There have been some interesting articles and commentary around at the moment after the Victorian government announced their plans to replace special religious instruction classes in schools with lessons on domestic violence and healthy relationships. It’s an interesting concept really, but one that they obviously feel was very necessary. With the rate of domestic violence and family violence on the increase, perhaps it is something that should be introduced?
When I read the article, my first thought was that domestic violence and healthy relationships are surely something that should be taught and learned at home, not at school. The amount of content that teachers are expected to cover each term is already so high, is it really fair to add more into the curriculum? The majority of children will learn what a healthy relationship looks like through watching their own parents, their friend’s parents and the other relationships within their extended family.
But as I thought more about it, I realised that those kids who are returning home each night to witness domestic violence or an unhealthy relationship between these key figures in their life would actually be learning it all wrong. Some kids might not realise that what is going on at home is incorrect, especially if they are only young and don’t have a lot of exposure to other families and adults. These children would be watching their supposed role models and thinking that it’s acceptable to hit your partner, verbally abuse them and that it’s normal to feel scared in your own house.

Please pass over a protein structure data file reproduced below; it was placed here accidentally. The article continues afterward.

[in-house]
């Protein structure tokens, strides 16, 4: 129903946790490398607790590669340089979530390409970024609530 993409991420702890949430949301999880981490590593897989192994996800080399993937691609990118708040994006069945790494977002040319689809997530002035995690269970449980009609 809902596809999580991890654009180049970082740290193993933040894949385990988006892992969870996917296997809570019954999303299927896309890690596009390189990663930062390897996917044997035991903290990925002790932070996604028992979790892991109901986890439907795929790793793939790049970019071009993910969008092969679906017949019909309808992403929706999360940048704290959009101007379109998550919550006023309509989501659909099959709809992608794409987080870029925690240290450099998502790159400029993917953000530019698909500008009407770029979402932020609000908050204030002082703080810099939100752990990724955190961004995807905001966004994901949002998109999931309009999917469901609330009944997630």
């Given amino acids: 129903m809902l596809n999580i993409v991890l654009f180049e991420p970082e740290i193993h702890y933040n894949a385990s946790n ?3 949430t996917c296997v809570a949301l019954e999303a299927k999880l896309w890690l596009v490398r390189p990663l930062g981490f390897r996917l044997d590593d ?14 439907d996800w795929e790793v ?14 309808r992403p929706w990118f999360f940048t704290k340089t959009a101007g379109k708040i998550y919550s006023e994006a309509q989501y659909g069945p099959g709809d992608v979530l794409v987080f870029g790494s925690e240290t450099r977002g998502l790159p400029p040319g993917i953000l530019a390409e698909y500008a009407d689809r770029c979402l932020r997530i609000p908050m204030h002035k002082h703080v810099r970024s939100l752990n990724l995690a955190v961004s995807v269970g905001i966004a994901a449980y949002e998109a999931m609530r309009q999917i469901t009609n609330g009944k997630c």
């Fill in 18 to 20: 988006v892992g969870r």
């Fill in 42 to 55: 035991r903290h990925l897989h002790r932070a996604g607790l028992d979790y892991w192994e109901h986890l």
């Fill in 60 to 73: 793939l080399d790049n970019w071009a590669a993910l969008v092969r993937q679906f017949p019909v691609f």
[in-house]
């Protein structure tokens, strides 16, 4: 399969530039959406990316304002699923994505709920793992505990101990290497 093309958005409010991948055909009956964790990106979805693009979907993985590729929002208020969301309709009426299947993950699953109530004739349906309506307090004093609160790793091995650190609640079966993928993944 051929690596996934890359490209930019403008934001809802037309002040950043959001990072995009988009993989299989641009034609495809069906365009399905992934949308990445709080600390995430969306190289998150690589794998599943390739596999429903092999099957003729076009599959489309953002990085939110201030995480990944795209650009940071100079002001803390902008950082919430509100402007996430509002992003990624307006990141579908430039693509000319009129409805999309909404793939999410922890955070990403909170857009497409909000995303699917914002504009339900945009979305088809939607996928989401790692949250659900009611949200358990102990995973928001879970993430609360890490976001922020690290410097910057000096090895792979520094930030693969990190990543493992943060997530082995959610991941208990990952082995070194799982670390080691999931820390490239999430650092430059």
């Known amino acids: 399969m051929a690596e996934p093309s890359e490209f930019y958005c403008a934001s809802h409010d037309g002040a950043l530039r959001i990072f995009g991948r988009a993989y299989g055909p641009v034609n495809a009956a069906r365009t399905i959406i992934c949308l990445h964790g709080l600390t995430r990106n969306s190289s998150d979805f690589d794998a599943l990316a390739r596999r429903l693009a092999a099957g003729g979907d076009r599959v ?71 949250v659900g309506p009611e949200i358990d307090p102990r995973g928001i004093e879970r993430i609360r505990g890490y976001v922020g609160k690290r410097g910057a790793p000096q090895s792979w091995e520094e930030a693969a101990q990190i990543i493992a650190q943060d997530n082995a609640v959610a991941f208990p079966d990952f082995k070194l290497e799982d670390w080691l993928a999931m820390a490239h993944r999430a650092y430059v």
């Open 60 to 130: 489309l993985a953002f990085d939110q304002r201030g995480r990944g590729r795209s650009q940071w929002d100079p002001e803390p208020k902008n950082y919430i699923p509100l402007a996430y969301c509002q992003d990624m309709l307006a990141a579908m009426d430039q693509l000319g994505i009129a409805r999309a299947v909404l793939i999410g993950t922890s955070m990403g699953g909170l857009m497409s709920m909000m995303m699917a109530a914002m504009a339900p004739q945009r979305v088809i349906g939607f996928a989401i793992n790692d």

It’s proposed that all children in Victorian government schools from Kindergarten to Year 10 will be part of a 30 minute lesson each week on world histories, cultures, faith and ethics – encompassing learning about healthy relationships. This will take the place of Special Religious Instruction classes, (in which usually only a handful of children from each class attend), and SRI will be moved to either lunchtime or before and after school.
So, maybe it is a positive change that these aspects of healthy relationships are taught in schools to children. I guess it’s important to try anything at this point to try and break the cycle of domestic violence, and if it is educating those children who might be in these situations at home – well then I’m all for it.
Have a read of the article and see what you think about the proposed change.
Lauren is a teacher and tutor who works with primary school aged children. Lauren has a Degree in Education from Deakin University, and is currently studying a Diploma in Counseling with AIPC.